March 11, 2020. It was exactly six months to the day before the 19th anniversary of 9/11 and a day that – like 9/11 – will go down in infamy. This time, however, the culprit was not the Islamic extremist group Al-Qaeda, who coordinated a series of four terrorist attacks against the United States. This time, the culprit was COVID-19.
A variant of the flu, COVID-19 quickly began its global reign of terror. No one was completely safe. Few were immune. Like 9/11, once again the world was under attack, and the familiar patterns of life and work changed monumentally, perhaps forever. Companies across the world closed their workplaces and told employees to work from home. Social distancing became the new buzz phrase and masks an essential new wardrobe must-have item.
At that time, we thought we’d be fighting the siege for weeks, possibly months. And then reality set in. Little did we know that a massive, long-term social experiment was about to begin. Hundreds of millions of workers stranded at home, disconnected from their co-workers and organizations, working remotely. Flying solo. Managers were separated from their teams, who they could no longer physically see or come in contact with. Suffice it to say, most employers would not have chosen this social experiment; it was forced upon them. We’ve had to innovate, and become more nimble, flexible, resilient, kind, and open-minded.
But open-minded typically isn’t our strength. When I worked in Corporate America (for two decades), I would regularly approach HR about the need for a telecommuting policy. Why? Because employees were clamoring for it. The vast majority of the time, the answer was, “No,” because senior leaders did not trust that employees would be productive at home. Leaders wanted to physically see employees working – in the flesh. When managers and leaders can physically see people working, they think they are being productive. Some even think that because an employee gets out of bed, showers, and shows up in a physical office setting, that they are engaged and want to be there. However, this is a fallacy. Many employees are simply ‘going through the motions.’
Some companies plan to remain 100 percent remote post-pandemic, while others will choose a hybrid model where employees will have choices about where and when they work. Others will demand that everyone come back. Whatever option your organization chooses, this forced experiment will ultimately be proven good for both employers and employees alike, as long as organizations prioritize and ace remote worker engagement.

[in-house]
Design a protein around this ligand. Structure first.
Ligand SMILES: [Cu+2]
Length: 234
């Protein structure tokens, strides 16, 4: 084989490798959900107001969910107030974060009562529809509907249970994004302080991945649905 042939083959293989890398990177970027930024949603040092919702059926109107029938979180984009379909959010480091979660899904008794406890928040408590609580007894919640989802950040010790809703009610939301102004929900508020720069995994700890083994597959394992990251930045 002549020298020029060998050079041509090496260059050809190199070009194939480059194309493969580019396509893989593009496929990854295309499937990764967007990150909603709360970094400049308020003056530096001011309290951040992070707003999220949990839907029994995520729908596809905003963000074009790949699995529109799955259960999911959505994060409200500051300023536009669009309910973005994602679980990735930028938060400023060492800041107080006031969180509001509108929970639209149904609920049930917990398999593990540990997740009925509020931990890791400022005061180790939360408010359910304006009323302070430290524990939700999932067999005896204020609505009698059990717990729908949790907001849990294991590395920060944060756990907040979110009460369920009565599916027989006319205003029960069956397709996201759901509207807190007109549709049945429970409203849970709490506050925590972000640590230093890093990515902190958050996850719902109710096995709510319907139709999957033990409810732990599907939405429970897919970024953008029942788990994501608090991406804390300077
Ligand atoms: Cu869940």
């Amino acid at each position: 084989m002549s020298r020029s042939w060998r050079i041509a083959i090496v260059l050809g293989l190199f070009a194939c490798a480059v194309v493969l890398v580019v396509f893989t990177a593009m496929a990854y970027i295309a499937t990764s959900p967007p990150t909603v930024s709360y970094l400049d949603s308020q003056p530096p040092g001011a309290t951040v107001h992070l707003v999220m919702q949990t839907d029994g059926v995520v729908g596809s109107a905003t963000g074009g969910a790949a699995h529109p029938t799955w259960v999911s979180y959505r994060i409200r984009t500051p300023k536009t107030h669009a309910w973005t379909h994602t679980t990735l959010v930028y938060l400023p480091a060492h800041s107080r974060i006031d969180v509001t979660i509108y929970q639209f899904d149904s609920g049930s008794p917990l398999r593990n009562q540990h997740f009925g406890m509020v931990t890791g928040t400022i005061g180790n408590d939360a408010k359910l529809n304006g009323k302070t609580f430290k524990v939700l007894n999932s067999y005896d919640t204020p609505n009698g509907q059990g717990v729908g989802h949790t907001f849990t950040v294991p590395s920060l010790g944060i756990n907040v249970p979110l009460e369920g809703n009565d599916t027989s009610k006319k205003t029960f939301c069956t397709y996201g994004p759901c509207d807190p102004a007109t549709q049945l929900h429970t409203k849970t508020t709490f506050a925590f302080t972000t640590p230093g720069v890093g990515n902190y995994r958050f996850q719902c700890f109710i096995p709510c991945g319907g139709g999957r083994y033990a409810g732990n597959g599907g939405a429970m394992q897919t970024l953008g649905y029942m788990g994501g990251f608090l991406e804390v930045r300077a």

Employees have a choice every day. They can choose to give you the shirt off their back or they can choose to do what they have to do to barely get by. And you have a choice: do nothing and risk productivity, performance, turnover, and profitability, or embark on a journey to engage your remote workers. By following the game plan in my new book, you will create an environment that virtual workers love because it meets their needs and inspires them to be the best version of themselves every day. The result? People who give you a lot of discretionary effort, which is the secret sauce to extraordinary business results.
When you make remote workers a priority, you will see measurable results, and your key stakeholders will be grateful they have a leader in their midst. And more importantly, you will know you’ve made a difference in the lives of the people who yearn for real leadership. Now that’s what I call success.
Jill, What Can I Do? You just read excerpts from my new book, REMOTE 101: The Secret to Engaging Virtual Workers. Want the complete game plan? Order a copy from Amazon today. To order 10 or more signed books ($200 USD), email me and you’ll be entered in a drawing for a free virtual keynote speech (a $5,000 value)! If Amazon sells out of books, please email me and I’ll personally fulfill your order with free shipping. You’ve got this.